Sex at Work Made Her Sick, Woman Says

FAIRFIELD, Calif. (CN) – A fired worker claims her boss at a home for troubled boys demanded sex from her on pain of firing.
     Suzette Hilliard sued Mary’s Help, of Vallejo, and her direct supervisor, Roy Smally, on Nov. 24 in Solano County Court.
     Smally was executive director for the group home for boys from 13 to 18, Hilliard says. She describes him as a former pre-season player for the Denver Broncos and a former Richmond police officer.
     Smally and his program received an admiring write-up in a January 2013 issue of the (Vallejo) Times-Herald News.
     Hilliard says she was hired in 1999, but the trouble began in 2003, when she was promoted to facility manager at one of the group homes. She says Smally offered her a $2 an hour raise to “fund the payment of her traffic tickets,” in exchange for sex.
     “You need your driver’s license in order to get full pay, it won’t take much sex to pay those tickets,” he said, according to the lawsuit.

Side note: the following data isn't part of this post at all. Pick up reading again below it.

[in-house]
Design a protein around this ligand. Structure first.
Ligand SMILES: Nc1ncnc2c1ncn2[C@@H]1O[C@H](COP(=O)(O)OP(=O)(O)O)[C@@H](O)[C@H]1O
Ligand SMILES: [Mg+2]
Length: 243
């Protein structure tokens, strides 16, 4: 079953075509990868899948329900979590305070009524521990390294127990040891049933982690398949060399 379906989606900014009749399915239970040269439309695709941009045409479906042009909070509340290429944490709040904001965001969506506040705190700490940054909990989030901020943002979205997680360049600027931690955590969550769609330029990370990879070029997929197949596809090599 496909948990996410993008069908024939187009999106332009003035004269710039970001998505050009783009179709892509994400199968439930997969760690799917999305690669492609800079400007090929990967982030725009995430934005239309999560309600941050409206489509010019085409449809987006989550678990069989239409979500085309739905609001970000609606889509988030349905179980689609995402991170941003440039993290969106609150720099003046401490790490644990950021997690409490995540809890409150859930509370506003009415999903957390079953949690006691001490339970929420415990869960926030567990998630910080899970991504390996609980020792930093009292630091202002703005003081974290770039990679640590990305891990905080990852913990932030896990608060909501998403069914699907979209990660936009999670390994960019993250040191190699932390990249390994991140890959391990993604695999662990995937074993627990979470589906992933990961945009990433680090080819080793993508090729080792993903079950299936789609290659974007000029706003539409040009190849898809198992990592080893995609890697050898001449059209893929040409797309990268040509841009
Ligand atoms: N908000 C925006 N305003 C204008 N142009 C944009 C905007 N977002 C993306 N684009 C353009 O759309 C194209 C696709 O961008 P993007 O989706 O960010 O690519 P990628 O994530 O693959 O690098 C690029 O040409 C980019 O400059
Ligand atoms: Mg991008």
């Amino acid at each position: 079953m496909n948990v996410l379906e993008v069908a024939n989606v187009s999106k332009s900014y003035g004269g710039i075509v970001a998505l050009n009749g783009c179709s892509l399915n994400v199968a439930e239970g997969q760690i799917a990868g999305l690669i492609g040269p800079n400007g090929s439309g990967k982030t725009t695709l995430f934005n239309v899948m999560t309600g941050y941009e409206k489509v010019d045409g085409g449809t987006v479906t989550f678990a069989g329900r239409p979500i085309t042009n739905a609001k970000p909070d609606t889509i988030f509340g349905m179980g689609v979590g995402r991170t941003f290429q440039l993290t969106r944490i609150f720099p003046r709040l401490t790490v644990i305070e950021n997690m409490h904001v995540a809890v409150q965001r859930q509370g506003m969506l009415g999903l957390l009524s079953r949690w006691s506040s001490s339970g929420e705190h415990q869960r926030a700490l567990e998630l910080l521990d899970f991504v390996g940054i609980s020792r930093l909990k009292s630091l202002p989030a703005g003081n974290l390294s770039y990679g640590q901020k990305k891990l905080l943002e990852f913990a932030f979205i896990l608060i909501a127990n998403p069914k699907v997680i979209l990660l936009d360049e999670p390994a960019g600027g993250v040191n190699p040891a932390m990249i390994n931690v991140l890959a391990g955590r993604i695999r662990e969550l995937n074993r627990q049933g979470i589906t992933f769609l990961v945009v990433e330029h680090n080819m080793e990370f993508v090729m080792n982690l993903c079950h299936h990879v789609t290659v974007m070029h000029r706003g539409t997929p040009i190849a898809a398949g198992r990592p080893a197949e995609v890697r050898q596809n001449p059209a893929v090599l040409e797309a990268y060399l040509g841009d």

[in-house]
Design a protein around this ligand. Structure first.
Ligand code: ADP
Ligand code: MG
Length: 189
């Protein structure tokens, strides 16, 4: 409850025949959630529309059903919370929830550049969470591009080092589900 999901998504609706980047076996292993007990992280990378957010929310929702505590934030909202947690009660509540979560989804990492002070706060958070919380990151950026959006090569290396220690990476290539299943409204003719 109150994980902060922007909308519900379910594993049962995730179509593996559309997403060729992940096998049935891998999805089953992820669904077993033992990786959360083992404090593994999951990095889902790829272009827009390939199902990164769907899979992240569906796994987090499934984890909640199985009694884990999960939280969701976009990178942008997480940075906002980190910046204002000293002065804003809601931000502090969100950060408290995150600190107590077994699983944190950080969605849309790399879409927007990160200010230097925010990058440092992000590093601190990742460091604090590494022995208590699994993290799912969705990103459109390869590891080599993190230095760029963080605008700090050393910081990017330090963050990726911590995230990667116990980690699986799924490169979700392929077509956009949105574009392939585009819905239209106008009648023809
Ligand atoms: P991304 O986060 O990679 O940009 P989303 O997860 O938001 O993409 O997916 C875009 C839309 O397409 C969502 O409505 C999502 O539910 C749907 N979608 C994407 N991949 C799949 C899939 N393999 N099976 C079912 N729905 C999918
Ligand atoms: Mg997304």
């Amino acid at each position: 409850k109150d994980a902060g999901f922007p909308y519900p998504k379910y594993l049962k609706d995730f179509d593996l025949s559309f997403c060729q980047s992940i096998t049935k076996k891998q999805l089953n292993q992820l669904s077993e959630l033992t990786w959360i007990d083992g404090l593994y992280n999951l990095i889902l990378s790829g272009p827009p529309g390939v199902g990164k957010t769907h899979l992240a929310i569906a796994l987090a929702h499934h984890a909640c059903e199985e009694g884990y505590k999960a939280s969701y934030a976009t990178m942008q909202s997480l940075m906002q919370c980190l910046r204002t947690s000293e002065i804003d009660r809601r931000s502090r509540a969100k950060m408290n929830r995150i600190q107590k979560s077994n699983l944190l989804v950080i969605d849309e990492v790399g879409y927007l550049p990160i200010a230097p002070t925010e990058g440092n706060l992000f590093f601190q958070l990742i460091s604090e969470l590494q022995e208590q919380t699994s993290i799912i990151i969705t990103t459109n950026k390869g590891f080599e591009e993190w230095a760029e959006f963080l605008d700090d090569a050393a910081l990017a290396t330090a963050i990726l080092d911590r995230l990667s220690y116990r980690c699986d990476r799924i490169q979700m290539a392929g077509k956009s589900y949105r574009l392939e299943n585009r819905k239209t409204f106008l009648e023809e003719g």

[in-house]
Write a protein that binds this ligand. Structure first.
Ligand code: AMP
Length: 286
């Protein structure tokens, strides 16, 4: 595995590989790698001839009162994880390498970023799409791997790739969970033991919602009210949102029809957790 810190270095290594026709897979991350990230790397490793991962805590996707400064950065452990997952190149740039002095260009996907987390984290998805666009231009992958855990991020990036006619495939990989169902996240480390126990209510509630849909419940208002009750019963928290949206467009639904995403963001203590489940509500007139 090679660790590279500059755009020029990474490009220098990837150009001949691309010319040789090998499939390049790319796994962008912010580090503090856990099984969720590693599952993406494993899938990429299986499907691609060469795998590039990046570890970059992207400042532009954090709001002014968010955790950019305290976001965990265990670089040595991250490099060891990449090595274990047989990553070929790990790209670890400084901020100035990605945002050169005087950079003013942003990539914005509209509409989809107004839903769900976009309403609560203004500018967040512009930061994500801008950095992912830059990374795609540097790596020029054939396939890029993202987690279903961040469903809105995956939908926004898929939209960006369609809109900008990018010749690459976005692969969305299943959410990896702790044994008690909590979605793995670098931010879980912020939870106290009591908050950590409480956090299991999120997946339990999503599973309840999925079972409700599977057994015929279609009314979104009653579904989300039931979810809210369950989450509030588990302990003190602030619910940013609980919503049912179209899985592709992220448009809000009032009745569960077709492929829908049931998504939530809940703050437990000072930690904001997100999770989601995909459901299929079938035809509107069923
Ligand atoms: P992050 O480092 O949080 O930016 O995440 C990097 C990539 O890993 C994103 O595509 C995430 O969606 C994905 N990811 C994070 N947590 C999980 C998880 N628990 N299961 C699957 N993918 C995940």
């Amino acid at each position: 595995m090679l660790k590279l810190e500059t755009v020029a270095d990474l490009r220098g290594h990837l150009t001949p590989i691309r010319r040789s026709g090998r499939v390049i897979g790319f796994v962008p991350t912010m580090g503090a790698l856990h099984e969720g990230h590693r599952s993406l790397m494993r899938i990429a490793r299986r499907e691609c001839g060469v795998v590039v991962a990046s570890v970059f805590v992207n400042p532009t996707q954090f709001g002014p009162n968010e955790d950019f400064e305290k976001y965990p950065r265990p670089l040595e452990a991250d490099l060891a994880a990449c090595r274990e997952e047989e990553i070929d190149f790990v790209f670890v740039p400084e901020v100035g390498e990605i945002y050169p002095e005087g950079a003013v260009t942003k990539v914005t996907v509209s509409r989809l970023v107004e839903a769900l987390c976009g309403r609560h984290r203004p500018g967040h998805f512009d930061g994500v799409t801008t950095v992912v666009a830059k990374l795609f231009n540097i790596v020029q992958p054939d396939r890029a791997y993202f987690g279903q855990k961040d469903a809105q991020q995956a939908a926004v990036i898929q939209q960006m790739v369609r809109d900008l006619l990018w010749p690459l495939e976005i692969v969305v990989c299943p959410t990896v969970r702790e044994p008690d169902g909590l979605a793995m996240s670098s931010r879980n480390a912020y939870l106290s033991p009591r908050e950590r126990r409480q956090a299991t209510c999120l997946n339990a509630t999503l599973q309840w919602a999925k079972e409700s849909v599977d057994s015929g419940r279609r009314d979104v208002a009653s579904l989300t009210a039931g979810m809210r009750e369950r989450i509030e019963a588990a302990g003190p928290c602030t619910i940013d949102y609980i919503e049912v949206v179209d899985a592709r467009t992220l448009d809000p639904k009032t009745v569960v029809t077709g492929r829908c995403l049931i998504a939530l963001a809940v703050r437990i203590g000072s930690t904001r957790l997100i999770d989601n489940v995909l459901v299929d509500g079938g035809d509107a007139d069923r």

Hilliard claims Smally ordered her to meet him for sex at one of the organization’s group homes, and she submitted to it for a year and a half.
     Finally, Hilliard says, physically ill from the ordeal, she “built up the courage and confidence to tell Roy ‘No!’ and ceased all sex acts, [for which] she was retaliated against and ultimately fired.”
     But that wasn’t the end, Hilliard says. She learned after he fired her that Smally had gotten married. When he contacted her in November 2007 with a job offer, she says, she accepted, thinking she would be free from the sexual harassment.
     But no. One month after she was rehired, Smally did it again, she says, demanding sex so frequently and insistently that she felt physically sick from it. She says they started having sex again in December 2007, and that her job “was contingent on the silence and continuing of the ongoing sexual arrangement.”
     During this time, Smally’s wife Vi, the assistant director, refused to pay her for working overtime, Hilliard says. Vi Smally is not a party to the lawsuit.
     Hilliard says the tension in the office became unbearable when Vi found out about her husband’s philandering. She says she filed a complaint with the Community Care Services board on July 5, 2014, and Roy Smally fired her nine days later.
     She seeks punitive damages for quid pro quo sexual harassment, retaliation and wrongful firing. She is represented by Lawrence Bohm in Sacramento, who did not reply to a request for comment. Nor did the defendants.

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